Office for Budgetary Responsibility chief Robert Chote said growth had been slower than predicted when the coalition came to power because of "disappointing" consumer spending, business investment and trade.

"What's striking has been the weakness of the recovery over such an extended period of time," he added.

Asked if this meant the government was no further forward in fixing the UK's economy than when it started, he said underlying structural problems had been worse than initially thought and he was now "less optimistic" about its long-term ability to bounce back.

A senior Liberal Democrat source described the Autumn Statement as a "good package" of measures in which the coalition had made "tough but fair" decisions.

CBI director general John Cridland welcomed the promised investment in infrastructure and new tax relief measures for small firms but said businesses now "need to see the chancellor's words translated into building sites on the ground".

"It is no surprise that after a difficult year the economic realities dictate that austerity and debt reduction will take longer," he added.

"The chancellor has stuck to his guns on deficit reduction - avoiding deeper cuts or more borrowing in order to retain international credibility."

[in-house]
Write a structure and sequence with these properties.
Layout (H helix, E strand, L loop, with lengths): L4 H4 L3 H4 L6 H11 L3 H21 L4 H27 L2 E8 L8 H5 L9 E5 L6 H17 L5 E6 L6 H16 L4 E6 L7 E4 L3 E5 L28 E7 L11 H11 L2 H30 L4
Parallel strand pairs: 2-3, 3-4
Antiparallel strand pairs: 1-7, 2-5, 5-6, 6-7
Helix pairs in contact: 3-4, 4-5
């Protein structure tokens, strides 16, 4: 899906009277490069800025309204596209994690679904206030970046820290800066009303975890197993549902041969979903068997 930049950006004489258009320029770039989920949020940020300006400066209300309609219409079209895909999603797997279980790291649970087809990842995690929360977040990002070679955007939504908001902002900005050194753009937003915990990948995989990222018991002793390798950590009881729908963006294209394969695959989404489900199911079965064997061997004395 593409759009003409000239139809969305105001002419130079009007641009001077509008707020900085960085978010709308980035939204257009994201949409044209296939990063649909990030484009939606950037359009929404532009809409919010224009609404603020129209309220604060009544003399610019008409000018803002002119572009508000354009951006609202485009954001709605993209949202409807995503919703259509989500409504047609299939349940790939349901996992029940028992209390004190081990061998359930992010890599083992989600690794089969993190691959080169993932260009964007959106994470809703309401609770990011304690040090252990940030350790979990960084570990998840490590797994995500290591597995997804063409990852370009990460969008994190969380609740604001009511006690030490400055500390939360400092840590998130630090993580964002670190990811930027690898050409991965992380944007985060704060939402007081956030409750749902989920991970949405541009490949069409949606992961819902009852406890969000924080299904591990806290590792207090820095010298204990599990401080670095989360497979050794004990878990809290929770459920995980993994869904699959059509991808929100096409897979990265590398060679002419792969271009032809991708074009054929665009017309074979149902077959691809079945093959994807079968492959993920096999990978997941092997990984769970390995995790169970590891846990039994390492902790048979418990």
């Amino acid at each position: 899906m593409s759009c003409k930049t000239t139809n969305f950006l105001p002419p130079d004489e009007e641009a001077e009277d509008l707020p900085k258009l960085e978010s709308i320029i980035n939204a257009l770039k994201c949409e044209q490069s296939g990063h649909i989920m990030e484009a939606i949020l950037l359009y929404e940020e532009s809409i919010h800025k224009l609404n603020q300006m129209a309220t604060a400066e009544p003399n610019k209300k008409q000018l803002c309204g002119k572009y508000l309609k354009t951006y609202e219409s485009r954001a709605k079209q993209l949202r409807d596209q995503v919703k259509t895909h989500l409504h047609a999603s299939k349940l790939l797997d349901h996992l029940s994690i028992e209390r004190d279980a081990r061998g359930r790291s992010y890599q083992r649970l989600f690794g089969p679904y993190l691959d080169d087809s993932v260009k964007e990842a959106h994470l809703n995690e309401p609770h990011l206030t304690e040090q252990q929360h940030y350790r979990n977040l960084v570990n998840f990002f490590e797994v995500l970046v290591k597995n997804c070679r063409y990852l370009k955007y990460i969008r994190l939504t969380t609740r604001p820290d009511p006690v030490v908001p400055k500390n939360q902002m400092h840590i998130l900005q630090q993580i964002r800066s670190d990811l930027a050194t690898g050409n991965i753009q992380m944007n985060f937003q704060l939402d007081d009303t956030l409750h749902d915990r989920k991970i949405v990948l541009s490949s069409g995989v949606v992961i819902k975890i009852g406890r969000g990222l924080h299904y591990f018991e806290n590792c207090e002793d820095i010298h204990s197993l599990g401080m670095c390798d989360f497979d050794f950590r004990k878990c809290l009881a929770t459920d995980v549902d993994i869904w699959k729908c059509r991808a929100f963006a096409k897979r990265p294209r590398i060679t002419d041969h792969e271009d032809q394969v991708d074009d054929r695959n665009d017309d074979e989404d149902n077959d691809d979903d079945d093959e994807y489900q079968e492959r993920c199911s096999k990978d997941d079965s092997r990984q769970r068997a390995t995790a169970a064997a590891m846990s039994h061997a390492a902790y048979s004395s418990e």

Cuts 'not fast enough'

But TUC general secretary Brendan Barber said: "What is missing today is any vision of a future economy that can deliver decent jobs and living standards - it's pain without purpose."

He added: "When you are self-harming you should stop, not look for better sticking plasters."

Plaid Cymru MP Hywel Williams said the benefits squeeze set out in the Autumn Statement threatened to dismantle the welfare state and create a generation lost to unemployment, homelessness and poverty.

Start Quote

At a time when his critics - and Ed Balls in particular - are able to say "I told you so", George Osborne looked and sounded confident whilst the shadow chancellor looked the reverse.”

End Quote

"Wales' higher-than-UK-average unemployment levels also show that the welfare of Welsh workers and jobseekers are low on the London priorities list," he said.

The SNP welcomed the "long overdue" extra capital investment promised for Scotland, but the party's Westminster leader Angus Robertson said Mr Osborne's "right wing pursuit of austerity" had wrecked the UK's economy.